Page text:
Evangelicalism and Conservatism: From Doctrine Back to Disposition

If you have been paying attention, you will notice that there have been two particular examples of fragmentation that have coincided with each other, a fragmentation of the conservative movement, and a fragmenting of evangelical Christianity. In the heart of conservatism, there is a disagreement between the centrists who have complex sensitivities and more radical … Continue reading Evangelicalism and Conservatism: From Doctrine Back to Disposition

Writing in the Active and Passive Voice

I am a fan of good writing. Good writing communicates ideas to the minds of your readers. When people read your writing, they don’t just interpret its meaning through the words you chose. They also interpret it through your writing’s tone. This tone, just like your tone of voice when you’re speaking, is largely shaped … Continue reading Writing in the Active and Passive Voice

Hannah Arendt: Politics – Authenticity, Mass Society and the Private Realm

Arendt invokes the realm of privacy, which is the realm of persons who are significant others to the individual.  These significant others are the context for the emergence of an individual. In other words, the realm of privacy includes our social sphere where each of those significant others has a reciprocal relationship with each other.  Not only do these significant others constitute our identity as individuals, but each individual also has some responsibility to act as a significant other to the other members.  I would call this “community”.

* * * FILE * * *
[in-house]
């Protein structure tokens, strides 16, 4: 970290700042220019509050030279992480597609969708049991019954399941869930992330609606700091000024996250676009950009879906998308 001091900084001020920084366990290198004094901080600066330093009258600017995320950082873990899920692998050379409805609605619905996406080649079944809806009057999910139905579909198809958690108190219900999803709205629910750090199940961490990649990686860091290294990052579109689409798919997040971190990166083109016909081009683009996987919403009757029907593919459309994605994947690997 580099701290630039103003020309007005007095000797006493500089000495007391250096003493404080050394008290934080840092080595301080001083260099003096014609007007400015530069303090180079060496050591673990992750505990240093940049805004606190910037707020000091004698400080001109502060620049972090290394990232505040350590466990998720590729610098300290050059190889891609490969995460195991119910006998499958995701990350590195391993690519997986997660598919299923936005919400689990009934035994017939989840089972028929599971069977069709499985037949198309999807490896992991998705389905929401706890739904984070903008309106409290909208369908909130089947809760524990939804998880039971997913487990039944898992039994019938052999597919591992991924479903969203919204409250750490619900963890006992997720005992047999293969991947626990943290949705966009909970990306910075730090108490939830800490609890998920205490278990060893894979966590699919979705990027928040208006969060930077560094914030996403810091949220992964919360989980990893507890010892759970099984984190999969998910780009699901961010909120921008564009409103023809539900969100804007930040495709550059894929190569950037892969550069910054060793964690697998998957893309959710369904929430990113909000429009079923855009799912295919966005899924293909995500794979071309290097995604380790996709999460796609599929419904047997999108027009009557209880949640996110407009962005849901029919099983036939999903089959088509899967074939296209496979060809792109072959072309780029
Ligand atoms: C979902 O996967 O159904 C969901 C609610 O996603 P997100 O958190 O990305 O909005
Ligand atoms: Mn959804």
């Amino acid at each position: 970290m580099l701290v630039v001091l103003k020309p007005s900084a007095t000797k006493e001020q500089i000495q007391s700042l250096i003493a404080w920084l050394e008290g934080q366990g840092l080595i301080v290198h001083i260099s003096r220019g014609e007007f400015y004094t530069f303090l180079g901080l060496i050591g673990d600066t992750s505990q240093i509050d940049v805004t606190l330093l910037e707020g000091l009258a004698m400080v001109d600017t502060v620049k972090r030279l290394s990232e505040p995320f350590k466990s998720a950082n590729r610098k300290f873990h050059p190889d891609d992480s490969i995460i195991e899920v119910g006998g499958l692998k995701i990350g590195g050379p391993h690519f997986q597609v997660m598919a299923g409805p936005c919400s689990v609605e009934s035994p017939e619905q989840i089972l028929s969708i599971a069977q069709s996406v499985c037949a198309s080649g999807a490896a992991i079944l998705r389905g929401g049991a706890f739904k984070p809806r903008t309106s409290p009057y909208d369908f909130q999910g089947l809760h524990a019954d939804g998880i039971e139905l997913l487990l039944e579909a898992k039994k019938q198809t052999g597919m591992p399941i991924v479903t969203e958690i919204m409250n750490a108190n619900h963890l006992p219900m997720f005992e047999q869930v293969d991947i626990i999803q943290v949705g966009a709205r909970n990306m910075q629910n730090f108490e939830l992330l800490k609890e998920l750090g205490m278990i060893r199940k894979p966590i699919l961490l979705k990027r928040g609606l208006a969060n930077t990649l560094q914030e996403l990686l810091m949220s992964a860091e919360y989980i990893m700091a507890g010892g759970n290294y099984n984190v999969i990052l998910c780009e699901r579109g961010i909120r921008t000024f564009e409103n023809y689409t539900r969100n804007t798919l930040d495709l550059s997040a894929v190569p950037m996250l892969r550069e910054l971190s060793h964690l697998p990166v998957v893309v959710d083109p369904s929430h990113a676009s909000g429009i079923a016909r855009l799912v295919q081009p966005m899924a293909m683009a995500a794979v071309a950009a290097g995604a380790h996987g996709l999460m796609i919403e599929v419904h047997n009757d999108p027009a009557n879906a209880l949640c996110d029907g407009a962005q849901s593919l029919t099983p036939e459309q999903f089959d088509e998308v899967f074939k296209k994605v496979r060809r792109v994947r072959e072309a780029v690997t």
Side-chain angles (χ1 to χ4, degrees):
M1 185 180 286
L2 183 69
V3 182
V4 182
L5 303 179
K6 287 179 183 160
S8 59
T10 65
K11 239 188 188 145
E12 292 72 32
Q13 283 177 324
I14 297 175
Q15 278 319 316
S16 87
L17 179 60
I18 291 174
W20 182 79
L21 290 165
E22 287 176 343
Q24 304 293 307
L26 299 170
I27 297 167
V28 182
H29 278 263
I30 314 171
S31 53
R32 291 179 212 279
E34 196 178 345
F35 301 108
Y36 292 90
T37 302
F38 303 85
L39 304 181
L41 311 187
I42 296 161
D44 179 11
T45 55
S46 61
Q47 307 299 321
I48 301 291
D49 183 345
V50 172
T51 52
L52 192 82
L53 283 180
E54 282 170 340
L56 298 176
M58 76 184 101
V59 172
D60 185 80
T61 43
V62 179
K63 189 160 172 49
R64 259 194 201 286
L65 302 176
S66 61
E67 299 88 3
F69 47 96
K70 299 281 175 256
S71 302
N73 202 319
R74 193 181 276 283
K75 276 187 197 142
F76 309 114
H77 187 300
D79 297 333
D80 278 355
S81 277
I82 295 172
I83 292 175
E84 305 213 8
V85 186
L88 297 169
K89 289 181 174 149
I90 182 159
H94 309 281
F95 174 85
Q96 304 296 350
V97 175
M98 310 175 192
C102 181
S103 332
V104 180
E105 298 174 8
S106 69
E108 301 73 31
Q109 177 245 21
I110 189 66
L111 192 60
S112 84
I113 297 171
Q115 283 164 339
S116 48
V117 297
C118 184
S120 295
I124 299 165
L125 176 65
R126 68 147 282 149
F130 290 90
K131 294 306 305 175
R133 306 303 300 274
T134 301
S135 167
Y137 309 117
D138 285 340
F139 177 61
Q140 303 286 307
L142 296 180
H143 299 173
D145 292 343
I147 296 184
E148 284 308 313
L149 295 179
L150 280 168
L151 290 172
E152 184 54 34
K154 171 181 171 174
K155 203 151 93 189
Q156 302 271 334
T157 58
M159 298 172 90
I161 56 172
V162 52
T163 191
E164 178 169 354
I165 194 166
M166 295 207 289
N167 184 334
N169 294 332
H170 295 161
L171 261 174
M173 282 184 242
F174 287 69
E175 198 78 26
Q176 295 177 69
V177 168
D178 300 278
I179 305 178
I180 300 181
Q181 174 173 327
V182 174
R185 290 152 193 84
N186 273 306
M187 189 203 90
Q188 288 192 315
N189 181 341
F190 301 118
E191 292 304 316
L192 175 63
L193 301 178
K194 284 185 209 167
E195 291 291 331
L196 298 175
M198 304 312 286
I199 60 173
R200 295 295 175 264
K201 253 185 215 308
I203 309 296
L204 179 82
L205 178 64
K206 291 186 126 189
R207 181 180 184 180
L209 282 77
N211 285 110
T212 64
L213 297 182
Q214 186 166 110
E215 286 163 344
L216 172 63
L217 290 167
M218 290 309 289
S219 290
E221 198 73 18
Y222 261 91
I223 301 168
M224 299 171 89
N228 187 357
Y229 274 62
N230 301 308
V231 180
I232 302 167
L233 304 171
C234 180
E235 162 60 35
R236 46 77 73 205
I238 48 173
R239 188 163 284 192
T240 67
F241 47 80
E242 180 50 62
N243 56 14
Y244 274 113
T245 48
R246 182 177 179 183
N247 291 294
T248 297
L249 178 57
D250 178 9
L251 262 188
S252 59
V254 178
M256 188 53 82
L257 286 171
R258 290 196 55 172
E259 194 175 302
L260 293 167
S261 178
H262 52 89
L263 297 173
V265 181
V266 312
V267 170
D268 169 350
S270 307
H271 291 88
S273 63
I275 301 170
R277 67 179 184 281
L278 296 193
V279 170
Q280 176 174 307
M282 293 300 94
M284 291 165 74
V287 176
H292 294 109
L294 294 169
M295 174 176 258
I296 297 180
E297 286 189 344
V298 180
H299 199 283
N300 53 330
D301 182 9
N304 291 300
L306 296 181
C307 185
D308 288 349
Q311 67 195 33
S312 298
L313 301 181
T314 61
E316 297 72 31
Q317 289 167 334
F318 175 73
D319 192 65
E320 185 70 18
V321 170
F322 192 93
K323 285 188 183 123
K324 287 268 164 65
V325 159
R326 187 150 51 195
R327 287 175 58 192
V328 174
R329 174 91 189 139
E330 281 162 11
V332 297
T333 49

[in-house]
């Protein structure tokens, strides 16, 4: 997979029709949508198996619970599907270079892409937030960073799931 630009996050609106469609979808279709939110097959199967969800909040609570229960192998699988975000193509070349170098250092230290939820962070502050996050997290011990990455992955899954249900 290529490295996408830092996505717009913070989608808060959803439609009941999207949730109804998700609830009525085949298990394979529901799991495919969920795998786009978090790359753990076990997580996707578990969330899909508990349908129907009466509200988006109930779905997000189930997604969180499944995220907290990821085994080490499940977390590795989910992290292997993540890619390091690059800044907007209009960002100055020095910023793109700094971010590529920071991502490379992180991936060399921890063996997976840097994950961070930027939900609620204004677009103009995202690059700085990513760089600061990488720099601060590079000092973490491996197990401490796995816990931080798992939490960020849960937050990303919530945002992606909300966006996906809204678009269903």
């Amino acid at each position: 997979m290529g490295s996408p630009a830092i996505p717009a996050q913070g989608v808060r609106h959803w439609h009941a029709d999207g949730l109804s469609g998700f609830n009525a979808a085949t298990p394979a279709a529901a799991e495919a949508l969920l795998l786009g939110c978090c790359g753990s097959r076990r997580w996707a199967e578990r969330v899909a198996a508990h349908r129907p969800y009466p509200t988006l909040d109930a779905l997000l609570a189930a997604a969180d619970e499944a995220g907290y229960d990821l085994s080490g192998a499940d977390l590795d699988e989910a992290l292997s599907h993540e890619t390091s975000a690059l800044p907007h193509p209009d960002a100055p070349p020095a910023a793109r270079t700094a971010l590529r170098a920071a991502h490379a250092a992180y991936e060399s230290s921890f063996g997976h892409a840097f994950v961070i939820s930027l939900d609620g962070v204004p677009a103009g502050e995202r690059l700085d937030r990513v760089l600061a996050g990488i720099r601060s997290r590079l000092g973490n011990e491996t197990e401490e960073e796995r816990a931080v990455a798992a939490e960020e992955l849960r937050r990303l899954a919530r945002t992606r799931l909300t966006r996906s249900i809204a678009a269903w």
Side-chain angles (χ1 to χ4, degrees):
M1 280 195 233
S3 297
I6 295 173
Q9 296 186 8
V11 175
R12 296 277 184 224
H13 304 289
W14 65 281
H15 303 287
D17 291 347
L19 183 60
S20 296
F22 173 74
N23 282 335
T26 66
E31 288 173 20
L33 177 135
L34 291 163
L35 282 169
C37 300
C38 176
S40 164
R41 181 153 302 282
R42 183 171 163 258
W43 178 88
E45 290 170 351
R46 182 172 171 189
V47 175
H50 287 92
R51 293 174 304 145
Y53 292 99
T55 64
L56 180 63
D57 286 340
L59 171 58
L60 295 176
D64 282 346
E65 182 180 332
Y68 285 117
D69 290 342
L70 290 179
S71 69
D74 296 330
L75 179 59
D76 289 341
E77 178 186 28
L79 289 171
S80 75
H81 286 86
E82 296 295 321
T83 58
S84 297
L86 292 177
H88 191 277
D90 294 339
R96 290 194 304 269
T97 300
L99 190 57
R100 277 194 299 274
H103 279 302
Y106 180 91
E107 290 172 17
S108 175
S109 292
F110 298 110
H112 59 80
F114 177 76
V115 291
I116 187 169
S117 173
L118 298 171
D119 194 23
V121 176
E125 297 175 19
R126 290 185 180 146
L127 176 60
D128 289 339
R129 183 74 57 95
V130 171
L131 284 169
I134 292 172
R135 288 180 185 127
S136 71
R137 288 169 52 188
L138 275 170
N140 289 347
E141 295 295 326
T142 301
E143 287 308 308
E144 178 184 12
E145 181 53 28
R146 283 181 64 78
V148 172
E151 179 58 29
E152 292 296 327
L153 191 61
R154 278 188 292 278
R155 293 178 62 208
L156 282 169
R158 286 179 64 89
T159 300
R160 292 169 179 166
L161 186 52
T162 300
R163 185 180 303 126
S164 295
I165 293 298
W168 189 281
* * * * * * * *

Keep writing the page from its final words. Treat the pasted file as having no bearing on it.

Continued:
Limitations on Rights: a Bicentennial reminder from Hegel’s “Elements of the Philosophy of Right”

Among the books of the nineteenth century that have something important to say to us now Hegel’s  Elements of the Philosophy of Right (1820) deserves a prominent place. It’s not the obvious contender for a popular read in the 21st century. He doesn’t make it easy for himself if getting readers was the aim as his … Continue reading Limitations on Rights: a Bicentennial reminder from Hegel’s “Elements of the Philosophy of Right”

The Assiniboine, the Stone Sioux

Abundant and loving Creator, present in a sacred, given River Assiniboine, the Stone Sioux: a river, a rock that holds us here  Born on one side of the river, on one side of history Born unaware: the River holds tragedy’s tears. Christian capitalists conserving cherished concepts Christian self-interest defecates idolatrous violence  Desecrated cubicles leading to … Continue reading The Assiniboine, the Stone Sioux

Game Theory, COVID and the Good Life

https://youtu.be/p6NNo3HIRrU What I would like to consider today is what COVID has taught us about human flourishing. What should we learn from the experience of COVID, and how ought we do things differently next time? I want to expand on Malcolm Gladwell’s idea in his talk for Google Zeitgeist in June of 2020. And recently … Continue reading Game Theory, COVID and the Good Life